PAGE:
I appreciate Apple's privacy stance, but I am more convinced than ever that Siri will fail to summit the mountain. https://www.apple.com/newsroom/2019/08/improving-siris-privacy-protections/ …
I don't understand the dichotomy Apple sees between audio and a computer's interpretation of it. If the goal is that the computer will reach ground truth, what is the difference? Why should one be private or on an opt-in basis, and the other be free game?
Making a divide between Apple employees and contractors also seems, just, naive. This is a problem with collection and tooling. Who touches the data is not a concern when both have access to the same resources, with the same lack of oversight.
These implementation details aside, I think Apple is solving the wrong problem. Hiding humans behind an automagic opt-in toggle 10 layers deep in Settings is the wrong approach. It's evidently deception by design, assuming no one will read this blog post & all will opt-in anyway.
What if we want humans in the loop? This is what I think Apple is missing. Siri wakes are programmed once on device activation, and than Siri disappears into the background. As our voices, spaces, & workflows change, it quietly grows more disconnected with us in the background.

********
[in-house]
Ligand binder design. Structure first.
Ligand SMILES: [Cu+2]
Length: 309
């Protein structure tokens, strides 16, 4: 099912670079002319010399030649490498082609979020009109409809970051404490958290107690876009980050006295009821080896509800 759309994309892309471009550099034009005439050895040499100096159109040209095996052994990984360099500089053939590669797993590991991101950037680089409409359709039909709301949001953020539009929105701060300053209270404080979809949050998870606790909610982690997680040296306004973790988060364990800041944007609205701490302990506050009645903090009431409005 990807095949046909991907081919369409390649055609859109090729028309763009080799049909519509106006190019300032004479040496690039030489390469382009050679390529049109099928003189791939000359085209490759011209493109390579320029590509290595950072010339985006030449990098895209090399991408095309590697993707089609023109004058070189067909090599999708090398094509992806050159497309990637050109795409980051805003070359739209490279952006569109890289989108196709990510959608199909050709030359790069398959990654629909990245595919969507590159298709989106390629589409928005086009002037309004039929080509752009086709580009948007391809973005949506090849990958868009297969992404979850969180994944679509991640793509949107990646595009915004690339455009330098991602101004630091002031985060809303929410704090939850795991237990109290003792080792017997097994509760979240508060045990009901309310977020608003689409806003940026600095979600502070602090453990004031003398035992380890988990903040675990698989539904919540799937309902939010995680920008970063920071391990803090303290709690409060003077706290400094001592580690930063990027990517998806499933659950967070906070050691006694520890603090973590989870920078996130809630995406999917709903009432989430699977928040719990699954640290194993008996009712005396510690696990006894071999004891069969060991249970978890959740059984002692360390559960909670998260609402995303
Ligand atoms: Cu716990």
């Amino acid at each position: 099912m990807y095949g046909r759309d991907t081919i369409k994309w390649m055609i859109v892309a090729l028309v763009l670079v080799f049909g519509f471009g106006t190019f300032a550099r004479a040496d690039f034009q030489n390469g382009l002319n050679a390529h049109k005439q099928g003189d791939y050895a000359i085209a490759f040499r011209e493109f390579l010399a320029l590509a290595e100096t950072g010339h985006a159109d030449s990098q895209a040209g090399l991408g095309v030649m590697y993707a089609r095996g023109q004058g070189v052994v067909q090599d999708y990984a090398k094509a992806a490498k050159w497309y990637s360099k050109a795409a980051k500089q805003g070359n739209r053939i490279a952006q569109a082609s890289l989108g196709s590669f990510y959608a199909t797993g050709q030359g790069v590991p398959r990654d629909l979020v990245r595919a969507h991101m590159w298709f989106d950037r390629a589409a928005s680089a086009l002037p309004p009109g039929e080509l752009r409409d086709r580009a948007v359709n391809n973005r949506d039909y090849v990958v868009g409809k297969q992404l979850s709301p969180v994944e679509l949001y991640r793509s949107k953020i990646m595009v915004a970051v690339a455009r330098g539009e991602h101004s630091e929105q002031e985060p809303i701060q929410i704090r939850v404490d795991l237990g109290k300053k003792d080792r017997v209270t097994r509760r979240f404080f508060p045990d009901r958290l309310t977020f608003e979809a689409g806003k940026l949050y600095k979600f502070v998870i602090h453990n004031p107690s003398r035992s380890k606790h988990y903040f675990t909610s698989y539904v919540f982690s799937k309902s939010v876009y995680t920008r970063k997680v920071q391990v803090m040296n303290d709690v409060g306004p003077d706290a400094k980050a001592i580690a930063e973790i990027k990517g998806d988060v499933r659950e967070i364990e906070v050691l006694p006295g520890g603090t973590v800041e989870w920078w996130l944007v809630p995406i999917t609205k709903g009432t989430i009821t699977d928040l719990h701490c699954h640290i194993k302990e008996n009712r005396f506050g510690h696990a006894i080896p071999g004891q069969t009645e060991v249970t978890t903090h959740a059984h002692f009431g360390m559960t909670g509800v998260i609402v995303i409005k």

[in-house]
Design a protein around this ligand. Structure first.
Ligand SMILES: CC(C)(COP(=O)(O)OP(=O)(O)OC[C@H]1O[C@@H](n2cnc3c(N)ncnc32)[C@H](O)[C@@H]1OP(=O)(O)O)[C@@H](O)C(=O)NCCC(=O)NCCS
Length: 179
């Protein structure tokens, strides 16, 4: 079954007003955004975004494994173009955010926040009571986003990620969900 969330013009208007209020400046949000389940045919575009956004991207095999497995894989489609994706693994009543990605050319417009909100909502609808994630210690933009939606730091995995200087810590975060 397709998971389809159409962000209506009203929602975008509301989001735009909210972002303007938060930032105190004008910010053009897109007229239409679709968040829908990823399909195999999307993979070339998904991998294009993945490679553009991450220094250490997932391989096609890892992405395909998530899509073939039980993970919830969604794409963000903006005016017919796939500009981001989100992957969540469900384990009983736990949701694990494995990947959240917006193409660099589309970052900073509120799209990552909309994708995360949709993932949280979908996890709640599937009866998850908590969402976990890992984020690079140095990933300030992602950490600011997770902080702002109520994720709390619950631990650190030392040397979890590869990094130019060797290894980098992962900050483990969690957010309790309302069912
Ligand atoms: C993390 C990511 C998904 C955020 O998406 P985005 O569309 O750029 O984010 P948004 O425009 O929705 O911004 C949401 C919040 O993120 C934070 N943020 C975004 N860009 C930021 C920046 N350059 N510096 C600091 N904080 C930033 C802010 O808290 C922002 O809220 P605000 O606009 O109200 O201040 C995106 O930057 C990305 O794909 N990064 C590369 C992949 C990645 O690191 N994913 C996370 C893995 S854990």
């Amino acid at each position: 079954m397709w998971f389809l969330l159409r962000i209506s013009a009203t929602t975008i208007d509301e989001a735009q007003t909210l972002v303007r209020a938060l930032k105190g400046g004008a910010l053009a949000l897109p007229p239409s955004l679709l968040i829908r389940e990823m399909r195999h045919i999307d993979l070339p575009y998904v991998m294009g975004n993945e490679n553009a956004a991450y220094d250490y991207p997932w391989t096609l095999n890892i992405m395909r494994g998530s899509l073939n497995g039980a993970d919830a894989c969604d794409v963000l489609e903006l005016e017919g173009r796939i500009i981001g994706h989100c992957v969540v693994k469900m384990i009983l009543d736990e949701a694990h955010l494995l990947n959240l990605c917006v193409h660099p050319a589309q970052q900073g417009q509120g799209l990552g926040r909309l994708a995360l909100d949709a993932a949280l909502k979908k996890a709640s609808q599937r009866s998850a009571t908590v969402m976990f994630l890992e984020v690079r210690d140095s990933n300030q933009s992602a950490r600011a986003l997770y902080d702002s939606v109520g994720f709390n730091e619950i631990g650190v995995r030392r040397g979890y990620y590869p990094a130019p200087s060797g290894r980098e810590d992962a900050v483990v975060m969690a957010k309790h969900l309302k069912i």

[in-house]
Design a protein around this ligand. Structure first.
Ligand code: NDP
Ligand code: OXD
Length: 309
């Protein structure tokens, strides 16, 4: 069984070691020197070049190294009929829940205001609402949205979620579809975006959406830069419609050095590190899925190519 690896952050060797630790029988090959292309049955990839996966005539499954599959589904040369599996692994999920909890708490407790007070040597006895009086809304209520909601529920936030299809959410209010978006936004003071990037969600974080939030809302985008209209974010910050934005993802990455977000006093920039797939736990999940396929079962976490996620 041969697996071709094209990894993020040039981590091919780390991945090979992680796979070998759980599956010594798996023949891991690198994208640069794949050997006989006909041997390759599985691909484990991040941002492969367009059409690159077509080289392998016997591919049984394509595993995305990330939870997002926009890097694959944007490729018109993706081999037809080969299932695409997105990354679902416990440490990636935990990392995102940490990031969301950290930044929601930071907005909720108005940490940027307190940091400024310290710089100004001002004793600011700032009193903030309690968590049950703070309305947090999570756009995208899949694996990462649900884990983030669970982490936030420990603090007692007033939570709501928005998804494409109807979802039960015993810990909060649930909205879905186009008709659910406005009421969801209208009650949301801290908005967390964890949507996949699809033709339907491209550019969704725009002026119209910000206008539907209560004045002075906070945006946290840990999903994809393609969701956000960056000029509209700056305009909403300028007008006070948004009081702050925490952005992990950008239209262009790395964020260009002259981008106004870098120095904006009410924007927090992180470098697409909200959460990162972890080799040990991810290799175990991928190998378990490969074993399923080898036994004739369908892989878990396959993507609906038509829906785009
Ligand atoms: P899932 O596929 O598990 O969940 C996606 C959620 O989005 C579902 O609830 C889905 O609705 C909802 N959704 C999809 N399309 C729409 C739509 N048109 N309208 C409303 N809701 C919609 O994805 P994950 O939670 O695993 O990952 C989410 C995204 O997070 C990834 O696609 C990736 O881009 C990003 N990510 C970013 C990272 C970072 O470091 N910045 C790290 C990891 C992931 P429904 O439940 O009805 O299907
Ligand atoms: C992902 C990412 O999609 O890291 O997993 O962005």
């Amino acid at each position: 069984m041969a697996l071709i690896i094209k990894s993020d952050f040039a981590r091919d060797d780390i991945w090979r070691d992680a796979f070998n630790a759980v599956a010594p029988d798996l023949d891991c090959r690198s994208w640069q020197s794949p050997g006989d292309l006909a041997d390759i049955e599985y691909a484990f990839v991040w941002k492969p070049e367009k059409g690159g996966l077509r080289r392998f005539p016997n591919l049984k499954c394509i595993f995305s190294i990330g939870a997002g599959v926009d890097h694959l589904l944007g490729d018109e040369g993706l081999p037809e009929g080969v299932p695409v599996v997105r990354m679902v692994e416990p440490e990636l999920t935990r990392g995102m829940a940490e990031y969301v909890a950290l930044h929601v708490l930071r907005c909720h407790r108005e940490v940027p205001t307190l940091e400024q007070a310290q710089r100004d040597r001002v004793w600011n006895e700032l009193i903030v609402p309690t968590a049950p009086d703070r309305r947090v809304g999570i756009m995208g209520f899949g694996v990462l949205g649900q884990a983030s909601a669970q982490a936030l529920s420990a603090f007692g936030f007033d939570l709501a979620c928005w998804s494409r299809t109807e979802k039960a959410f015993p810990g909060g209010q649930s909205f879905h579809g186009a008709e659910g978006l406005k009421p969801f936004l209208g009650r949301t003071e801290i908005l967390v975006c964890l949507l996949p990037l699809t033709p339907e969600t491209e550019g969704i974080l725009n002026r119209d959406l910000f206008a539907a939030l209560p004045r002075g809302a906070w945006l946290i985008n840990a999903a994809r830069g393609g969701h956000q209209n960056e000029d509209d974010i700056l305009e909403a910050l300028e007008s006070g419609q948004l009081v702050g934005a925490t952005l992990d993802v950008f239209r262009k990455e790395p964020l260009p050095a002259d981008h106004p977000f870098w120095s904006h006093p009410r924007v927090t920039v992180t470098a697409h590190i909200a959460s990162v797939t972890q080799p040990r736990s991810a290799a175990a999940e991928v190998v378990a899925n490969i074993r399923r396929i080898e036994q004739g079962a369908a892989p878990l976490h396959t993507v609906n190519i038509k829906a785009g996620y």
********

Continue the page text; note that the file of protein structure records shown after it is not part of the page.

As much as people want transparency on data collection, they want transparency on why & how things fail, on how to fix them, and understanding when they can be more trusted. Hiding all of this behind a singular activation and blind opt-in is cutting loses, not fixing Siri.
It's time to build the Siri in the foreground, one that acknowledges mistakes, that transparently presents a human in the loop. Windowing the human process to machine translation is ignoring the vast opportunity of voice. Broaden the focus, and let the user be the human too.
I wrote more about this here:
Bonus points for Apple: let Siri solve murders too. Fake AI is the stronger AI.
You can follow @_DanielSinclair.
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